Who Are the Taliban?

As Malala Yousefzai lies in a Pakistani hospital recovering from a gunshot to the head, the Taliban have once again grabbed the headlines. They’ve accused her of “promoting secularism” and have vowed to target her again. Do they really represent the views of Muslims? The last time they had an international audience was 2001 when they destroyed the famous Bamiyan Buddha statues in central Afghanistan despite global outrage.

But who are they? Many assume they’re simply more devout Muslims – that they just follow the Quran “to the letter”. Once we start down the road of believing extremism to be a more devout form of Islam where does that leave the peaceful Muslim majority? Where does that leave Malala?



The Taliban is made up of Pashtun tribes, Afghanistan’s largest ethnic group. They were part of the mujahedeen, the numerous tribal militia Talibangroups that formed to fight the Soviet occupation in a war which raged from 1979-1989. The name “Taliban” is Pashto for “students”, although Islamic scholars criticize them for being poorly educated in Islamic law and history.

After the soviets pulled out in 1992, the country was a lawless mess of infighting militia and daily atrocities. When the Taliban took control, Afghans initially benefitted from a crackdown on corruption and the re-establishment of trade and commerce, but Taliban application of Sharia law, an austere mixture of Wahhabi orthodoxy and Pashtun tribal custom, appalled international human rights groups. Men were forced to grow beards, women to wear burkas and girls aged 10 or more were denied an education. Women were forbidden to work outside the home sparking a crisis in education and healthcare.  Television, music, cinema and frivolous activities such as kite flying were banned. Women who left the house unaccompanied by a male relative risked being beaten, even shot. Those found wearing nail polish had their fingertips cut off.



Systematic civilian massacres were carried out, the same type of war crimes as seen in Bosnia, targeting minority tribal groups for ethnic cleansing. Women were abducted and sold into sex slavery, making a mockery of the Taliban claim that their brutal restrictions on them were a way of revering and protecting the opposite sex.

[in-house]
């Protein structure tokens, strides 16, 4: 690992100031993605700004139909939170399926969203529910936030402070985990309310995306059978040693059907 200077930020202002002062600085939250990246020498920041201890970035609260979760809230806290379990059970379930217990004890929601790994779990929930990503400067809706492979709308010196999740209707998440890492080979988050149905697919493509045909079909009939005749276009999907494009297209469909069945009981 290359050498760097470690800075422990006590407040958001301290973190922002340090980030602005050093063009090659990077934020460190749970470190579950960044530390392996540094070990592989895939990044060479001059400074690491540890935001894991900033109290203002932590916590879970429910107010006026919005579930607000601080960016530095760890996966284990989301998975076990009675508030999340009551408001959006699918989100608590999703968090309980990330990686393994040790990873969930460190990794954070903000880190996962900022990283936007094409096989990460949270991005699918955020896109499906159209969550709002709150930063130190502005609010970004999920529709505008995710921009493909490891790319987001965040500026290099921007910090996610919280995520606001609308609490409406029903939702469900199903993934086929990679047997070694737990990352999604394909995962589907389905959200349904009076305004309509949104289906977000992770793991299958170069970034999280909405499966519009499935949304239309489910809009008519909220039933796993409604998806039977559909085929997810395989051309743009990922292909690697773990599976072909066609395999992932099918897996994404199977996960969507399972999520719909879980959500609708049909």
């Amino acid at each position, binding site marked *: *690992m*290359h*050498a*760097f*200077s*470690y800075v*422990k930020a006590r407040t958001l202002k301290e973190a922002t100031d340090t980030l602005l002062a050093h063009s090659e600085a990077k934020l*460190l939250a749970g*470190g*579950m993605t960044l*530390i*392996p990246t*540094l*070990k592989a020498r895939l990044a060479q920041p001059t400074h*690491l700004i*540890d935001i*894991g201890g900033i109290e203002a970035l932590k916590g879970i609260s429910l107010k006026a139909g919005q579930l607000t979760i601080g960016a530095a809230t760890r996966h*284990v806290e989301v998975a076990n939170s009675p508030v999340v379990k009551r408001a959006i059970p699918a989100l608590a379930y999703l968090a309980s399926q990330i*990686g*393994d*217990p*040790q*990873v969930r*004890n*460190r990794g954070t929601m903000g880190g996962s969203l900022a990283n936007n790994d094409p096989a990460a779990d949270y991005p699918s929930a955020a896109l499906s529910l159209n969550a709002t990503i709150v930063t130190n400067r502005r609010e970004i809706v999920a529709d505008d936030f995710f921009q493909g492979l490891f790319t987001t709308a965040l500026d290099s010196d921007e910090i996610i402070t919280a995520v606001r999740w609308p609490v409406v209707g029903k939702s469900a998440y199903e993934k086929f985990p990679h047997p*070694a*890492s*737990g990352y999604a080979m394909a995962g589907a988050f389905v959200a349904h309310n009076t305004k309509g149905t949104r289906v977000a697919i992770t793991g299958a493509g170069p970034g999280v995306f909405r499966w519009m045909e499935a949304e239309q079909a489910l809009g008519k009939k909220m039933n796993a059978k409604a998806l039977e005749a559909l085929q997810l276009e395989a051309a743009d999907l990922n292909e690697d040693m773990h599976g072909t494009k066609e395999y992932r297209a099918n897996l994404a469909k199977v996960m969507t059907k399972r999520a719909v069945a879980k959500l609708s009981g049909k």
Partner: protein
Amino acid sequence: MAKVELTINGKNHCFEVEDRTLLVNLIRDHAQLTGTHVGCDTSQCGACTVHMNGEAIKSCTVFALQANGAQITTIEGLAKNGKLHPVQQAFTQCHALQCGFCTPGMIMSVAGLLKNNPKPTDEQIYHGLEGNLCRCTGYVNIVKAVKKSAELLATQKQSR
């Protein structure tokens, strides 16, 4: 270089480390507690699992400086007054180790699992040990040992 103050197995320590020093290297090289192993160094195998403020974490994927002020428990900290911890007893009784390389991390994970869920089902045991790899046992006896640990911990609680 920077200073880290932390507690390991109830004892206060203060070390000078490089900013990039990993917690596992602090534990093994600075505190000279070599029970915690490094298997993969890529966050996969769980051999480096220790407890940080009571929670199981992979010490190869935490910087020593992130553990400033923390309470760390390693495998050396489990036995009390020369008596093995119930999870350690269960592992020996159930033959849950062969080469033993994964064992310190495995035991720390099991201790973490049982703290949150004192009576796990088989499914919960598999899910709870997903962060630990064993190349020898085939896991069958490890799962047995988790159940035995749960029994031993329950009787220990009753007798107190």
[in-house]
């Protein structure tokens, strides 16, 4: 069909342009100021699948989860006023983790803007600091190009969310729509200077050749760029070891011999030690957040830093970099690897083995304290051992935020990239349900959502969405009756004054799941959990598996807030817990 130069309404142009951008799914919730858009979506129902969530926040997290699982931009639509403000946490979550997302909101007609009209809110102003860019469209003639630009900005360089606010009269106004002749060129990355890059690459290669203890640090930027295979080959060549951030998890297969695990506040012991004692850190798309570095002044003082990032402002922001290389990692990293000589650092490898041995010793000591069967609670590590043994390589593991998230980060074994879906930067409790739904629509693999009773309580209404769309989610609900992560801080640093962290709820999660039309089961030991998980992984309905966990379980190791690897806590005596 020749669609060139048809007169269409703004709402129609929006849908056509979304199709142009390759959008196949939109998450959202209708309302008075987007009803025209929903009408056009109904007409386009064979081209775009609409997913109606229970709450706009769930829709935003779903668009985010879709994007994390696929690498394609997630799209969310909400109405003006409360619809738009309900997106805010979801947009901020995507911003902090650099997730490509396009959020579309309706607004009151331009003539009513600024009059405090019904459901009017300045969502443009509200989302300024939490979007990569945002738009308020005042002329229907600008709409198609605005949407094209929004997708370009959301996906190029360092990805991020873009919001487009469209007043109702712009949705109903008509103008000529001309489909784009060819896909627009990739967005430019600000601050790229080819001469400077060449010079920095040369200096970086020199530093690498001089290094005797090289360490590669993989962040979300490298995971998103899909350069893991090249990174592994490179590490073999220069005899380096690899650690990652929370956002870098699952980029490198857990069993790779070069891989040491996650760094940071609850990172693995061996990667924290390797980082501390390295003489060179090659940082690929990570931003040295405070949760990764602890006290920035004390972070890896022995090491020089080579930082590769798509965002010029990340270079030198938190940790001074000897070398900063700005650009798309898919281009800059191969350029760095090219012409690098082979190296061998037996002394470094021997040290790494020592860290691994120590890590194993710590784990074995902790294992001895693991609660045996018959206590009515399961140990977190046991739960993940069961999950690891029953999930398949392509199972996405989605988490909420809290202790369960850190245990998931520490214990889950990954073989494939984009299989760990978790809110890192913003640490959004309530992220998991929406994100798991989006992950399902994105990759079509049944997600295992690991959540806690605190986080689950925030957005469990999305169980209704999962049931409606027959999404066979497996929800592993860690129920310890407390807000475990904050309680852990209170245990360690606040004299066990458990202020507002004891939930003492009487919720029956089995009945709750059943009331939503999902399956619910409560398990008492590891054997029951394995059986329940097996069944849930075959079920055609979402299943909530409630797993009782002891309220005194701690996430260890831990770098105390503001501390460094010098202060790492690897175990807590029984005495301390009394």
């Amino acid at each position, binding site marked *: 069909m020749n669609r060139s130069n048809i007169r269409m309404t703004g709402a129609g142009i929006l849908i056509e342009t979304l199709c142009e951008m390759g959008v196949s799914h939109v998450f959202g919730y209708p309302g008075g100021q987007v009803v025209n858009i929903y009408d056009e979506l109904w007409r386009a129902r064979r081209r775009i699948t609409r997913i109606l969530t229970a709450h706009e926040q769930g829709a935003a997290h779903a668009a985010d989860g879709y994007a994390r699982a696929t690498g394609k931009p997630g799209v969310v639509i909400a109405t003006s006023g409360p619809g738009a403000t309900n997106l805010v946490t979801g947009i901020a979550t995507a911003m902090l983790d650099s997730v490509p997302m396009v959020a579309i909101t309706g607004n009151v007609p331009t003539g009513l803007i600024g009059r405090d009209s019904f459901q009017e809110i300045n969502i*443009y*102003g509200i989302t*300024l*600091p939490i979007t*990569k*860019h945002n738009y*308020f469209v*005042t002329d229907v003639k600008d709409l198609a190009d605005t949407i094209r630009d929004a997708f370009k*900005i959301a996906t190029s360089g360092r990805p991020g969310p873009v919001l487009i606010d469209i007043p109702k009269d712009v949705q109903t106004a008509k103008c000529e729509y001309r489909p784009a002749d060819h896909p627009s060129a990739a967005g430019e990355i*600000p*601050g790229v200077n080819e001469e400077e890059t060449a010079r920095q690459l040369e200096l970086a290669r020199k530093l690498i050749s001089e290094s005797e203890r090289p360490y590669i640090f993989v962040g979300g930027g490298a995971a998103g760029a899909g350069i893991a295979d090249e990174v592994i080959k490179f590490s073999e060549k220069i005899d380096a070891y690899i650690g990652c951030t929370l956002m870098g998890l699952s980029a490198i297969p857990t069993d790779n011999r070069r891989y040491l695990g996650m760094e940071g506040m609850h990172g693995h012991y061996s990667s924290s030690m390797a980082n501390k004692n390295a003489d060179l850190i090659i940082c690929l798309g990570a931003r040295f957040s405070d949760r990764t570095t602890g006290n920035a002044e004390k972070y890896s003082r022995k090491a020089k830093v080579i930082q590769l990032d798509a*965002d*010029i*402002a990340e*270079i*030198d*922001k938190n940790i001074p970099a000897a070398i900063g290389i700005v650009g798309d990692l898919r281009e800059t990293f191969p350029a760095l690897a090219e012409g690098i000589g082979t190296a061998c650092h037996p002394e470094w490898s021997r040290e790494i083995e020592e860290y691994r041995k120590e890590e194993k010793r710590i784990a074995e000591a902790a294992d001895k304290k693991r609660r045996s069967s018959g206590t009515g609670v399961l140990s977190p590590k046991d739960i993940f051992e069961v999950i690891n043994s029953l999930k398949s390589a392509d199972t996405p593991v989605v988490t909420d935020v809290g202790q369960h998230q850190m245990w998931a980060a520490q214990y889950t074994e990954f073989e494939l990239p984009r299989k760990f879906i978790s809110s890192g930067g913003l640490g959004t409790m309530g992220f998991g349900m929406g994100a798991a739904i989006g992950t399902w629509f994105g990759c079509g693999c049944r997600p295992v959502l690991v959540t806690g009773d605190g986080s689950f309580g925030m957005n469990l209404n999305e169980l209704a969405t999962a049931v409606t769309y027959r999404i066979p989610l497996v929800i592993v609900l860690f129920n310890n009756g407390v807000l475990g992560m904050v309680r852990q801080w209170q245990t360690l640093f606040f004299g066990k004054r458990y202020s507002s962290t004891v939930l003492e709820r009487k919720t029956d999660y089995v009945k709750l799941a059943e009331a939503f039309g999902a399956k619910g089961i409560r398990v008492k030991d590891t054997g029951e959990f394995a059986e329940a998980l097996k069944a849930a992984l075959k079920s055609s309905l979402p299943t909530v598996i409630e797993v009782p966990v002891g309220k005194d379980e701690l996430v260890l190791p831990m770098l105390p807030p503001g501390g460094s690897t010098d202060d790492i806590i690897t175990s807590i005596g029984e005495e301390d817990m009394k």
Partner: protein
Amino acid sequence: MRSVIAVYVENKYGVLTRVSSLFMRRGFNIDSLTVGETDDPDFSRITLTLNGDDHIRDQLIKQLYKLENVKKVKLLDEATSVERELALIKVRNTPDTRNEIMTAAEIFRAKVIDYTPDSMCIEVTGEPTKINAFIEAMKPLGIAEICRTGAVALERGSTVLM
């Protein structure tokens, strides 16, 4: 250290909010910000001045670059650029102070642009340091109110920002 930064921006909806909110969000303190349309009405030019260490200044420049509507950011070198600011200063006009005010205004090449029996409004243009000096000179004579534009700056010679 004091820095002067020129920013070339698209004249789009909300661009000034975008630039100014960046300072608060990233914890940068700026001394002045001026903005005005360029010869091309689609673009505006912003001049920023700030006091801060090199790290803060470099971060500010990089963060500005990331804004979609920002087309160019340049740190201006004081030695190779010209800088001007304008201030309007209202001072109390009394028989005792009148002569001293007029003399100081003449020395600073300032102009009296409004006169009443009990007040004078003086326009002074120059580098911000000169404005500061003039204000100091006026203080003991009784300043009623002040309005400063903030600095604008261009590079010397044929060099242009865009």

They ruled the country from 1996 to 2001. Their regime faced international scrutiny and condemnation for its policies. Only Saudi Arabia, Pakistan and the UAE recognized them as a legitimate government. Following the September 11th terrorist attacks on the US, Saudi Arabia and the UAE cut diplomatic ties, but the Taliban and Al Qaeda remain closely linked.

According to UN figures, the Taliban are responsible for over three-quarters of all civilian casualties in Afghanistan, using suicide bombers to target unarmed aid workers and other non-combatants. They hide behind the civilian population, using women and children to shield gunmen. They continue to operate in Afghanistan and northwest Pakistan.



The history of the Taliban is a familiar story of power struggles, where religion is co-opted as a means of gaining support and controlling the masses. If you believe the actions of the Taliban are representative of devout Muslims, you’re buying into their ridiculous notion that God is offended by nail polish and kites. Don’t be a mug all your life – if a 14 year old schoolgirl can see through it, why can’t you?